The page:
WHQR began with a dark day for classical music lovers in Wilmington. On a Saturday in March 1979, avid listeners were disappointed when the local commercial radio station dropped the Opera broadcast without warning.   Several listeners gathered together to figure out a way to bring opera broadcasts back, and held their first meeting on April 19 in the Kenan Hall Band Room on the UNC-Wilmington campus. They organized into a group called Friends of the Opera.   They looked into the possibility of improving and collaborating with the UNCW student radio station, WLOZ, but there were many financial and administrative hurdles that made that a difficult possibility. Friends of the Opera slowly realized that Public Radio was the best way to bring classical music to Wilmington and changed their name to Friends of Public Radio in early 1980. With some financial and fundraising help from Friends of Public Radio, WLOZ hosted the Metropolitan Opera broadcasts while they were on air during the school year from December 12, 1979 until they went off the air in February 1981 due to a possible drug scandal.   
In early 1982, Friends of Public Radio applied to the FCC to secure the license for 91.3 MHz. They were turned down and told to apply next year. Friends of Public Radio continued to fundraise with concerts and newsletters and received local city and county grants. They were able to hire a technical director and a station manager. In July 1983, just as the station was about to start construction of their tower, WECT filed a complaint with the FCC that the radio station at the low end of the FM frequency station would conflict with their Channel 6 TV broadcast. In order to go on the air on their projected date of April 1984, the station was forced to drop the signal strength from a planned 30,000 watts to 1,500 watts with a plan with the FCC to slowly increase the power as long as there was no interference. The station was up to 10,000 watts by 1985. Friends of Public Radio signed a 10-year lease for studio space in 1984 and volunteers helped with construction and fundraising. The station hired 3 more staff members as required by the Corporation for Public Broadcasting. Membership for the radio station passed 1,000 in March 1984, and they choose the WHQR call sign.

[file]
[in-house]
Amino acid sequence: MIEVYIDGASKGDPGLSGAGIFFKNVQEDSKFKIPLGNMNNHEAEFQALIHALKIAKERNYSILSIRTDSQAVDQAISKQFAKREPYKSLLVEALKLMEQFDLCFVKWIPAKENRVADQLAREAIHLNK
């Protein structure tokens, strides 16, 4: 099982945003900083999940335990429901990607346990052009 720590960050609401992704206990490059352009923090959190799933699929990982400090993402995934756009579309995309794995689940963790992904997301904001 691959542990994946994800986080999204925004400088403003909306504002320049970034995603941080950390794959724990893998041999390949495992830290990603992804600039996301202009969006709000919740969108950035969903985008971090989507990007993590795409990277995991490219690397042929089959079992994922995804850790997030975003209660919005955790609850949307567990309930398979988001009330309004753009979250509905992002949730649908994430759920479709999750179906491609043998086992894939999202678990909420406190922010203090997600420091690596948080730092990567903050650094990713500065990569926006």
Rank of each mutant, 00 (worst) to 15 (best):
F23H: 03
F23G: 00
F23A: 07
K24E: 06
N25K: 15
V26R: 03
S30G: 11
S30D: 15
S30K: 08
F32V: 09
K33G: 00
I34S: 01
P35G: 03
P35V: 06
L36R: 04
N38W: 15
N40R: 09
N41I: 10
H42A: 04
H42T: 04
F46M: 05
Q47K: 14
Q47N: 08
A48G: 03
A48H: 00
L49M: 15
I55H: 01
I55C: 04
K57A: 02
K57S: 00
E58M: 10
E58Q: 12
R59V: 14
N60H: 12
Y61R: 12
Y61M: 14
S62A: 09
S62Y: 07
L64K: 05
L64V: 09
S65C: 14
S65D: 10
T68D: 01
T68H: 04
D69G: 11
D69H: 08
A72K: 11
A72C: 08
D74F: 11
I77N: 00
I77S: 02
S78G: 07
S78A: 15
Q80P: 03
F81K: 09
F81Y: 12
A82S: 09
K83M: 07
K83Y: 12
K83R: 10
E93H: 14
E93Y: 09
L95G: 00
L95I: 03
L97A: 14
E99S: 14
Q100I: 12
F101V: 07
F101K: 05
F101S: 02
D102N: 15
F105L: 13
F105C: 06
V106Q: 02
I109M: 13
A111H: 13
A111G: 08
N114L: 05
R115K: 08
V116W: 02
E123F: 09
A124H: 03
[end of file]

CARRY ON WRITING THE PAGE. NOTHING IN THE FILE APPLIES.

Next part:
Renamed WHQR, the first NPR affiliate for southeastern North Carolina, the station went on-air at 7a.m. on Sunday, April 22, 1984. The first sound on the new radio station was of a baby crying, then Bach's Toccata and Fugue in D minor, followed by then station manager Michael Titterton announcing;
Good morning and welcome to the very first broadcast day of WHQR-FM, Wilmington North Carolina. WHQR FM transmits on a frequency of 91.3 MHz at an Effective radiated power of 1500 watts from 1270 feet above sea level. WHQR FM is licensed to and operated by the Friends of Public Radio, Inc with studios and offices at 1026 Greenfield Street. Transmitter and antenna are located at Winnabow, North Carolina. 
The offices at Greenfield Street were in a converted bar in a strip mall.  The first classical programming was a needle-drop style hosted by Michael Titterton, Prelude and Concert in the Morning, and the station provided local news at the top of the hour in the mornings. NPR talk shows played in the afternoons and in the evenings local volunteer DJs hosted the show Jazz till Midnight. In keeping with the founding of the station, Metropolitan and other Opera companies played on Saturday afternoons. The station was on air for 18 hours a day for the first several years.  After less than 5 months of being on the air, on September 13, 1984 Hurricane Diana hit the Carolina coast. Most communication in the area was down, but WHQR was only off air for 90 minutes and was, for a while, the only FM station on-air. In May 1985, Sharon Mahoney won two Associated Press awards for journalism - one of them was for her reporting during Diana. Over the first five years, the station slowly increased and hit all of their semi-annual pledge-drive goals save for one where there was a problem with signal strength.  The Radio Research Corporation's (RRC) effectiveness rating in July 1985 showed that WHQR was 31st of 312 public radio stations nationally and in 1988 "Titterton announced in the program guide that the station had been in the top 20 of RRC-rated stations for the past 3 years."